At the time, I was the executive secretary of the Green Haven Prison Branch NAACP. One of our members, who was the chairman of the voter registration project we sponsored (which promotes greater community involvement in the electoral process and provides an opportunity for people who visit the prison to register to vote if necessary), just so happened to be the clerk of the Prison Worship Group at Green Haven. I asked him about the people coming in, and he invited me to sit in to experience what it was like and about. I agreed to attend because I was interested in what these people found to be so important that they would volunteer their time to come into a prison. I mean, contrary to some beliefs, people don’t really “volunteer” to come into prison, do they? At the time, the news was filled with stories of horror involving the use of drugs and its negative impact on communities, families, and users. So I attended the meeting … and have never left! I became so interested that I graduated both the basic and advanced training of the Alternative to Violence Program (AVP), which is still in operation today, and, after becoming a member of the Prison Worship Group, I was honored to serve as clerk of the meeting.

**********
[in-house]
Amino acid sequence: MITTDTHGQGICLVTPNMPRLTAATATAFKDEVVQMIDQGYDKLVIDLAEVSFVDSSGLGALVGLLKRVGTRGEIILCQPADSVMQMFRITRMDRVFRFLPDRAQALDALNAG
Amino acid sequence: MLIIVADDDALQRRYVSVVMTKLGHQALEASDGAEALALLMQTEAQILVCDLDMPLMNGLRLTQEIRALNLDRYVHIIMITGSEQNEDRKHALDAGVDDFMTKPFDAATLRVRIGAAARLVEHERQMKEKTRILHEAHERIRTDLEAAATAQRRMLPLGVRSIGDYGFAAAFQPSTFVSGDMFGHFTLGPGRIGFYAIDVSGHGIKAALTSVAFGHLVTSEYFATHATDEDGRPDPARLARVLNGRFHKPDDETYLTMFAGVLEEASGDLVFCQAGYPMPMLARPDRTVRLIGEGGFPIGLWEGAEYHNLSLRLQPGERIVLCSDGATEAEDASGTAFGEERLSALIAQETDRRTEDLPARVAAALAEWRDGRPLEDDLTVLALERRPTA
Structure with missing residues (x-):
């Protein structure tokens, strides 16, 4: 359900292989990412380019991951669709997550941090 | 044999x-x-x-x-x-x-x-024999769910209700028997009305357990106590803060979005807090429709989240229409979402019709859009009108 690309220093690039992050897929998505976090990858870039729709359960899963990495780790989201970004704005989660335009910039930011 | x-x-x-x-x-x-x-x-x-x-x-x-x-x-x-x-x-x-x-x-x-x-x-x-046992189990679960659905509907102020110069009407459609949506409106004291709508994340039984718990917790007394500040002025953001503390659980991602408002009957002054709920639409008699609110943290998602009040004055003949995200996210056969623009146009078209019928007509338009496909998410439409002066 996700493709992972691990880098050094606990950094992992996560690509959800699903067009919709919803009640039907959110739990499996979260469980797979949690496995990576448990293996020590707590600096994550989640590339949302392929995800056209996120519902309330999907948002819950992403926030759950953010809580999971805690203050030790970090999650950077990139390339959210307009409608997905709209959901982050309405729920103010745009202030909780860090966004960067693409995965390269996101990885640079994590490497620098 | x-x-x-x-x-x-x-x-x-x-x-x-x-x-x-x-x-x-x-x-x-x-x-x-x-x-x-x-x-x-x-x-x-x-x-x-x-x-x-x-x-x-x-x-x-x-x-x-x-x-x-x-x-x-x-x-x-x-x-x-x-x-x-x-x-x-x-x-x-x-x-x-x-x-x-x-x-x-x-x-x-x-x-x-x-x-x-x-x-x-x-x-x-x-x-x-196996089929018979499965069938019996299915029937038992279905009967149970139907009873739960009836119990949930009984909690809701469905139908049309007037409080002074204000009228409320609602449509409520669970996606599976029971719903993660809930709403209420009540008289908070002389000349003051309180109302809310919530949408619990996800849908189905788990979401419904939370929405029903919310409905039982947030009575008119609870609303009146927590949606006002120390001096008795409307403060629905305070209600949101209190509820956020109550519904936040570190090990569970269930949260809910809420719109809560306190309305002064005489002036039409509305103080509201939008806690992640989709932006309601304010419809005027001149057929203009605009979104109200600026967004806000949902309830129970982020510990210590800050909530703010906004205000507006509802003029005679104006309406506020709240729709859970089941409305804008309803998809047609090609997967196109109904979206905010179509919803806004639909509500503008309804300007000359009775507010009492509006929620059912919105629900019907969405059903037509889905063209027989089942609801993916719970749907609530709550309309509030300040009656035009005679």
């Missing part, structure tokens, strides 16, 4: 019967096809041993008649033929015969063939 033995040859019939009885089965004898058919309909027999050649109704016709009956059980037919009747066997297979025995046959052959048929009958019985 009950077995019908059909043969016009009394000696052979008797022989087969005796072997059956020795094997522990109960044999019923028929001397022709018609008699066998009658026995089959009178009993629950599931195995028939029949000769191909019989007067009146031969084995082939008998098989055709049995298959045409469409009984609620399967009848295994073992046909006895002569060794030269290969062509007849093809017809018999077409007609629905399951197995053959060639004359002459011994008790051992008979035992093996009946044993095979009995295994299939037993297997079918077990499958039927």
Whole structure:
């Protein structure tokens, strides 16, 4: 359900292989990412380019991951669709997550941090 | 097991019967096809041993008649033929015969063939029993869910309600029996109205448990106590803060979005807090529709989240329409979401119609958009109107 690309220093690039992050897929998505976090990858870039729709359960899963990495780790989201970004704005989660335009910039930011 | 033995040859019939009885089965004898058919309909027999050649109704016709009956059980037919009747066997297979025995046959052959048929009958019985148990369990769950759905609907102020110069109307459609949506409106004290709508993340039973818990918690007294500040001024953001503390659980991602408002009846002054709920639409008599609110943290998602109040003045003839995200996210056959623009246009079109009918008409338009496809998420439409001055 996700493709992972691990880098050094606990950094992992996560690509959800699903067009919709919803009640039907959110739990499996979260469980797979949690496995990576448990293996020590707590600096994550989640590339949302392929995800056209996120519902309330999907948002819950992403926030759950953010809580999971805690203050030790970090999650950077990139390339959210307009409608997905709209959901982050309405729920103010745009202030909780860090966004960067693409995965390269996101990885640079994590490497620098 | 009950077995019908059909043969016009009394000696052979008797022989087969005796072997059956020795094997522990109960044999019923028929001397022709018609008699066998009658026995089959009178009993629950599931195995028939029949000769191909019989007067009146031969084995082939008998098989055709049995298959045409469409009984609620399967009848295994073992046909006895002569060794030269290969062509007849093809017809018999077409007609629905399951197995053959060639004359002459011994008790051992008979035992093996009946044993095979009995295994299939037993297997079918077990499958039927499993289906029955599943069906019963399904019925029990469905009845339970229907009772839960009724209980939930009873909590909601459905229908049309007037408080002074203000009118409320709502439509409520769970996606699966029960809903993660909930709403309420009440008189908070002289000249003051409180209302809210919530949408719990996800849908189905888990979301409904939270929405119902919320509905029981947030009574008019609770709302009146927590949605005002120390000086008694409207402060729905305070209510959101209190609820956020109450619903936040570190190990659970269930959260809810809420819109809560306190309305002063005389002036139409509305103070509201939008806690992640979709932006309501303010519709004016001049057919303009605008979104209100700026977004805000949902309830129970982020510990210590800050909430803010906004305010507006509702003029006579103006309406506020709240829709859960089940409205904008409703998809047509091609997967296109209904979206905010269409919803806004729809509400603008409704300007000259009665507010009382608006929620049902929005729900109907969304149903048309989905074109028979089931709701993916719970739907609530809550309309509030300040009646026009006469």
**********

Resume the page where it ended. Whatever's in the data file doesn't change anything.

I arrived at the Auburn Correctional Facility and was overwhelmed to have finally found a Quaker prison worship group… After my first opportunity to meet with them, I cried in my cell that night.